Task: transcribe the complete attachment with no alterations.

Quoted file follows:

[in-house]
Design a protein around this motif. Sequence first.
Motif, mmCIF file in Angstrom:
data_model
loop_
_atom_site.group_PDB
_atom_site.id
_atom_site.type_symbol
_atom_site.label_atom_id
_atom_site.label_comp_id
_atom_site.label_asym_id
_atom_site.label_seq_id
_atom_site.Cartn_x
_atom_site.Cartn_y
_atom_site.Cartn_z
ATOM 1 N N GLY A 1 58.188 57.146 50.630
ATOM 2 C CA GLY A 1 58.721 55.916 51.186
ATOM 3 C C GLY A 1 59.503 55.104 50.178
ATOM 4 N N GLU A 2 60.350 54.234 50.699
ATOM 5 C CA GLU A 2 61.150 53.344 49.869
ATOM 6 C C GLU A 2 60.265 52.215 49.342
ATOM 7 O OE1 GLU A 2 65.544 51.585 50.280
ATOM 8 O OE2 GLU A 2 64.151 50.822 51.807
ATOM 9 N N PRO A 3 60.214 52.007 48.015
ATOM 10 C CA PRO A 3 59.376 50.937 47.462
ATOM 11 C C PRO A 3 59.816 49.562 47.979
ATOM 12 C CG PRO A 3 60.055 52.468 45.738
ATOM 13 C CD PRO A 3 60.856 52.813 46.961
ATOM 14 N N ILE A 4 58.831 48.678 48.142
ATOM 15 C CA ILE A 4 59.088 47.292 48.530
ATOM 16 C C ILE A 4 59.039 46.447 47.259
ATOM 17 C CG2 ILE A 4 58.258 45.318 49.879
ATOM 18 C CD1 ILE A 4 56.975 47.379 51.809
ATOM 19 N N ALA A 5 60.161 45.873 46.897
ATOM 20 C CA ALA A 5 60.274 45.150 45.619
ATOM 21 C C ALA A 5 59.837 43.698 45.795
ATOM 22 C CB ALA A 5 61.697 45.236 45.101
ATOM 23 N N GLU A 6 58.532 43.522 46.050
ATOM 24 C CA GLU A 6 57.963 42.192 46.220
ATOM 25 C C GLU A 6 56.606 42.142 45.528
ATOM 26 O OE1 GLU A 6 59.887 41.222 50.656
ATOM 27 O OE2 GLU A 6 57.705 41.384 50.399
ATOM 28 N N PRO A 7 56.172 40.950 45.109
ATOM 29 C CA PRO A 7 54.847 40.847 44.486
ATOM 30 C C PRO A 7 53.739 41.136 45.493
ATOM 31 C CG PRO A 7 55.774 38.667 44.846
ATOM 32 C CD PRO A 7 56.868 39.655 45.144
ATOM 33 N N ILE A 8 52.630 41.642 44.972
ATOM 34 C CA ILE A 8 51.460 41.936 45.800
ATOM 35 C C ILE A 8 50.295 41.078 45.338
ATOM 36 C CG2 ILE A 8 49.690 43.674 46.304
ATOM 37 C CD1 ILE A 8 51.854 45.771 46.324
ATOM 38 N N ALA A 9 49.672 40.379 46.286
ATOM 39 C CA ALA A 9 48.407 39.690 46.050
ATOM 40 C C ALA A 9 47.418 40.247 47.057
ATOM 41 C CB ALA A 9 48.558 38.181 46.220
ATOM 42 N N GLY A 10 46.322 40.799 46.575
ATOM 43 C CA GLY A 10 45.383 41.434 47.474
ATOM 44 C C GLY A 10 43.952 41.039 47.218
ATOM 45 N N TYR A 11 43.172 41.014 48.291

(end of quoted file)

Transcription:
[in-house]
Design a protein around this motif. Sequence first.
Motif, mmCIF file in Angstrom:
data_model
loop_
_atom_site.group_PDB
_atom_site.id
_atom_site.type_symbol
_atom_site.label_atom_id
_atom_site.label_comp_id
_atom_site.label_asym_id
_atom_site.label_seq_id
_atom_site.Cartn_x
_atom_site.Cartn_y
_atom_site.Cartn_z
ATOM 1 N N GLY A 1 58.188 57.146 50.630
ATOM 2 C CA GLY A 1 58.721 55.916 51.186
ATOM 3 C C GLY A 1 59.503 55.104 50.178
ATOM 4 N N GLU A 2 60.350 54.234 50.699
ATOM 5 C CA GLU A 2 61.150 53.344 49.869
ATOM 6 C C GLU A 2 60.265 52.215 49.342
ATOM 7 O OE1 GLU A 2 65.544 51.585 50.280
ATOM 8 O OE2 GLU A 2 64.151 50.822 51.807
ATOM 9 N N PRO A 3 60.214 52.007 48.015
ATOM 10 C CA PRO A 3 59.376 50.937 47.462
ATOM 11 C C PRO A 3 59.816 49.562 47.979
ATOM 12 C CG PRO A 3 60.055 52.468 45.738
ATOM 13 C CD PRO A 3 60.856 52.813 46.961
ATOM 14 N N ILE A 4 58.831 48.678 48.142
ATOM 15 C CA ILE A 4 59.088 47.292 48.530
ATOM 16 C C ILE A 4 59.039 46.447 47.259
ATOM 17 C CG2 ILE A 4 58.258 45.318 49.879
ATOM 18 C CD1 ILE A 4 56.975 47.379 51.809
ATOM 19 N N ALA A 5 60.161 45.873 46.897
ATOM 20 C CA ALA A 5 60.274 45.150 45.619
ATOM 21 C C ALA A 5 59.837 43.698 45.795
ATOM 22 C CB ALA A 5 61.697 45.236 45.101
ATOM 23 N N GLU A 6 58.532 43.522 46.050
ATOM 24 C CA GLU A 6 57.963 42.192 46.220
ATOM 25 C C GLU A 6 56.606 42.142 45.528
ATOM 26 O OE1 GLU A 6 59.887 41.222 50.656
ATOM 27 O OE2 GLU A 6 57.705 41.384 50.399
ATOM 28 N N PRO A 7 56.172 40.950 45.109
ATOM 29 C CA PRO A 7 54.847 40.847 44.486
ATOM 30 C C PRO A 7 53.739 41.136 45.493
ATOM 31 C CG PRO A 7 55.774 38.667 44.846
ATOM 32 C CD PRO A 7 56.868 39.655 45.144
ATOM 33 N N ILE A 8 52.630 41.642 44.972
ATOM 34 C CA ILE A 8 51.460 41.936 45.800
ATOM 35 C C ILE A 8 50.295 41.078 45.338
ATOM 36 C CG2 ILE A 8 49.690 43.674 46.304
ATOM 37 C CD1 ILE A 8 51.854 45.771 46.324
ATOM 38 N N ALA A 9 49.672 40.379 46.286
ATOM 39 C CA ALA A 9 48.407 39.690 46.050
ATOM 40 C C ALA A 9 47.418 40.247 47.057
ATOM 41 C CB ALA A 9 48.558 38.181 46.220
ATOM 42 N N GLY A 10 46.322 40.799 46.575
ATOM 43 C CA GLY A 10 45.383 41.434 47.474
ATOM 44 C C GLY A 10 43.952 41.039 47.218
ATOM 45 N N TYR A 11 43.172 41.014 48.291